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  • 1
    Keywords: polymorphism ; TUMOR-SUPPRESSOR GENE ; mammographic density ; MULTIETHNIC COHORT ; BASE-LINE CHARACTERISTICS ; susceptibility loci ; GENOME-WIDE ASSOCIATION ; CONFER SUSCEPTIBILITY ; COMMON VARIANTS ; IDENTIFIES 2
    Abstract: The survival of breast cancer patients is largely influenced by tumor characteristics, such as TNM stage, tumor grade and hormone receptor status. However, there is growing evidence that inherited genetic variation might affect the disease prognosis and response to treatment. Several lines of evidence suggest that alleles influencing breast cancer risk might also be associated with breast cancer survival. We examined the associations between 35 breast cancer susceptibility loci and the disease over-all survival (OS) in 10,255 breast cancer patients from the National Cancer Institute Breast and Prostate Cancer Cohort Consortium (BPC3) of which 1,379 died, including 754 of breast cancer. We also conducted a meta-analysis of almost 35,000 patients and 5,000 deaths, combining results from BPC3 and the Breast Cancer Association Consortium (BCAC) and performed in silico analyses of SNPs with significant associations. In BPC3, the C allele of LSP1-rs3817198 was significantly associated with improved OS (HRper-allele =0.70; 95% CI: 0.58-0.85; ptrend = 2.84 x 10-4 ; HRheterozygotes = 0.71; 95% CI: 0.55-0.92; HRhomozygotes = 0.48; 95% CI: 0.31-0.76; p2DF = 1.45 x 10-3 ). In silico, the C allele of LSP1-rs3817198 was predicted to increase expression of the tumor suppressor cyclin-dependent kinase inhibitor 1C (CDKN1C). In the meta-analysis, TNRC9-rs3803662 was significantly associated with increased death hazard (HRMETA =1.09; 95% CI: 1.04-1.15; ptrend = 6.6 x 10-4 ; HRheterozygotes = 0.96 95% CI: 0.90-1.03; HRhomozygotes = 1.21; 95% CI: 1.09-1.35; p2DF =1.25 x 10-4 ). In conclusion, we show that there is little overlap between the breast cancer risk single nucleotide polymorphisms (SNPs) identified so far and the SNPs associated with breast cancer prognosis, with the possible exceptions of LSP1-rs3817198 and TNRC9-rs3803662.
    Type of Publication: Journal article published
    PubMed ID: 25611573
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  • 2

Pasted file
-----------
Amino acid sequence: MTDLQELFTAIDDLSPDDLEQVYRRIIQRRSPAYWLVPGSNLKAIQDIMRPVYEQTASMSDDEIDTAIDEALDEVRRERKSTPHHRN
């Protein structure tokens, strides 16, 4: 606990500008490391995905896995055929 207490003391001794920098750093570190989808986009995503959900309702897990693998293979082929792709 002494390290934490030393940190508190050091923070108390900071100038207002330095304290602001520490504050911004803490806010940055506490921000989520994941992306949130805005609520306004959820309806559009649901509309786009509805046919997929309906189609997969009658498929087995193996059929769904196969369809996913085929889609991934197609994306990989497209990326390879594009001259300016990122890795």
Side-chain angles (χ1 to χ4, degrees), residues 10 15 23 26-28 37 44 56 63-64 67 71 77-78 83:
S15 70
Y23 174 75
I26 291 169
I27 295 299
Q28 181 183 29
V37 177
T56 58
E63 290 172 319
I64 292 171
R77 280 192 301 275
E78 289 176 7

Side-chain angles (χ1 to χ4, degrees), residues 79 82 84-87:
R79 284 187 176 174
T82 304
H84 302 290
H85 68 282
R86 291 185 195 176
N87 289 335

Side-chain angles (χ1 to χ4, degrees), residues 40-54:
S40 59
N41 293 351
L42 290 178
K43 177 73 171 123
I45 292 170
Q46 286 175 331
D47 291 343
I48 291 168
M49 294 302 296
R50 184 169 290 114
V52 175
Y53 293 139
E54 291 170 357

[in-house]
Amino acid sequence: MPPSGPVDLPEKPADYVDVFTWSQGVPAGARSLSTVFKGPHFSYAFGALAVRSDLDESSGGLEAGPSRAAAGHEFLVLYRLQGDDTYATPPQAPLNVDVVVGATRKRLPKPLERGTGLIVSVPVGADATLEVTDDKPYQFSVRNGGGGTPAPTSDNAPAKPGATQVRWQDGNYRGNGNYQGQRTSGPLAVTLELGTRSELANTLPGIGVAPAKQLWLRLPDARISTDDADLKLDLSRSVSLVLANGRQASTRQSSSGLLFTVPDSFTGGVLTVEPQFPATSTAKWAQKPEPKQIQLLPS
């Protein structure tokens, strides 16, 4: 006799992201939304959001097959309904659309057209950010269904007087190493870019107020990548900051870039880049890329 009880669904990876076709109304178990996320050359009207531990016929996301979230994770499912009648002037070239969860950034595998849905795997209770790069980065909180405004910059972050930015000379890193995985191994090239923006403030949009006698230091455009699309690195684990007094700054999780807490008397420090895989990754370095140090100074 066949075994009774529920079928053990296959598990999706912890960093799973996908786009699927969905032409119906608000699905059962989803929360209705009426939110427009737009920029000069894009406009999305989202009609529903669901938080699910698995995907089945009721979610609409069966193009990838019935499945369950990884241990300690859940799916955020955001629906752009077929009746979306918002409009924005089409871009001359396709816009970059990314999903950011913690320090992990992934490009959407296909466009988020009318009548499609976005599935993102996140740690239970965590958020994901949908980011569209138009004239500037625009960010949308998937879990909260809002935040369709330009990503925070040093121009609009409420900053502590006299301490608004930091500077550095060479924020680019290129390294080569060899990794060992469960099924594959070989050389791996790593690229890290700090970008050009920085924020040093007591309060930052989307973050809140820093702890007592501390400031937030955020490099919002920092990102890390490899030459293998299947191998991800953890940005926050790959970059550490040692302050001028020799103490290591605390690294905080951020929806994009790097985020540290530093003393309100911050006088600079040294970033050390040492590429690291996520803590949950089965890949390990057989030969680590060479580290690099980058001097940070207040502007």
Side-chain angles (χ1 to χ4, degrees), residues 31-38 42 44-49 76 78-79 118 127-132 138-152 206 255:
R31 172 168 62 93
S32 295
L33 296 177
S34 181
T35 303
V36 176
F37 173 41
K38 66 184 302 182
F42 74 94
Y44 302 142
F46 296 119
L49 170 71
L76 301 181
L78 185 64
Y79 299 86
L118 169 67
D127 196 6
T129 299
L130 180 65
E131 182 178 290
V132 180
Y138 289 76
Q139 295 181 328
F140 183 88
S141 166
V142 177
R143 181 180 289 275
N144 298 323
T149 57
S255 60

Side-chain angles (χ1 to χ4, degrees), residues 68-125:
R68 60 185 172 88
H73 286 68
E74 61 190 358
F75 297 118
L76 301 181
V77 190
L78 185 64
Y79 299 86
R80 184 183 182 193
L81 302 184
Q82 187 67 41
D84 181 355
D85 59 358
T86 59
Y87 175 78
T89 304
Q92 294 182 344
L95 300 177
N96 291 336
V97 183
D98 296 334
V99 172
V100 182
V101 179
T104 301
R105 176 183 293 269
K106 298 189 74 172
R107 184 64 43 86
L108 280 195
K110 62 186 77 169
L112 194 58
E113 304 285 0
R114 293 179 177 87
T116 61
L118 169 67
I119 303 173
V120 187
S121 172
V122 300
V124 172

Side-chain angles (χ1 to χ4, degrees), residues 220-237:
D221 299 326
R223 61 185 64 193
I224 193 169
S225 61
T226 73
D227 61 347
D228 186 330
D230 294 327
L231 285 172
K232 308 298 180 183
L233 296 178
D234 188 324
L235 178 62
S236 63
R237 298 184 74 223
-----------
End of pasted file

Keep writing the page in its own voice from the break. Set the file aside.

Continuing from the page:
Keywords: GENE ; DNA ; polymorphism ; SUSCEPTIBILITY ; VARIANTS ; REPAIR ; ALCOHOL-CONSUMPTION ; SMOKERS ; MNSOD ; GPX ACTIVITY
    Abstract: Both endogenous factors (genomic variations) and exogenous factors (environmental exposures, lifestyle) impact the balance of reactive oxygen species (ROS). Variants of the ND3 (rs2853826; G10398A) gene of the mitochondrial genome, manganese superoxide dismutase (MnSOD; rs4880 Val16Ala) and glutathione peroxidase (GPX-1; rs1050450 Pro198Leu), are purported to have functional effects on regulation of ROS balance. In this study, we examined associations of breast and prostate cancer risks and survival with these variants, and interactions between rs4880-rs1050450, and alcohol consumption-rs2853826. Nested case-control studies were conducted in the Breast and Prostate Cancer Cohort Consortium (BPC3), consisting of nine cohorts. The analyses included over 10726 post-menopausal breast and 7532 prostate cancer cases with matched controls. Logistic regression models were used to evaluate associations with risk, and proportional hazard models were used for survival outcomes. We did not observe significant interactions between polymorphisms in MnSOD and GPX-1, or between mitochondrial polymorphisms and alcohol intake and risk of either breast (p-interaction of 0.34 and 0.98, respectively) or prostate cancer (p-interaction of 0.49 and 0.50, respectively). We observed a weak inverse association between prostate cancer risk and GPX-1 Leu198Leu carriers (OR 0.87, 95% CI 0.79-0.97, p = 0.01). Overall survival among women with breast cancer was inversely associated with G10398 carriers who consumed alcohol (HR 0.66 95% CI 0.49-0.88). Given the high power in our study, it is unlikely that interactions tested have more than moderate effects on breast or prostate cancer risk. Observed associations need both further epidemiological and biological confirmation.
    Type of Publication: Journal article published
    PubMed ID: 24437375
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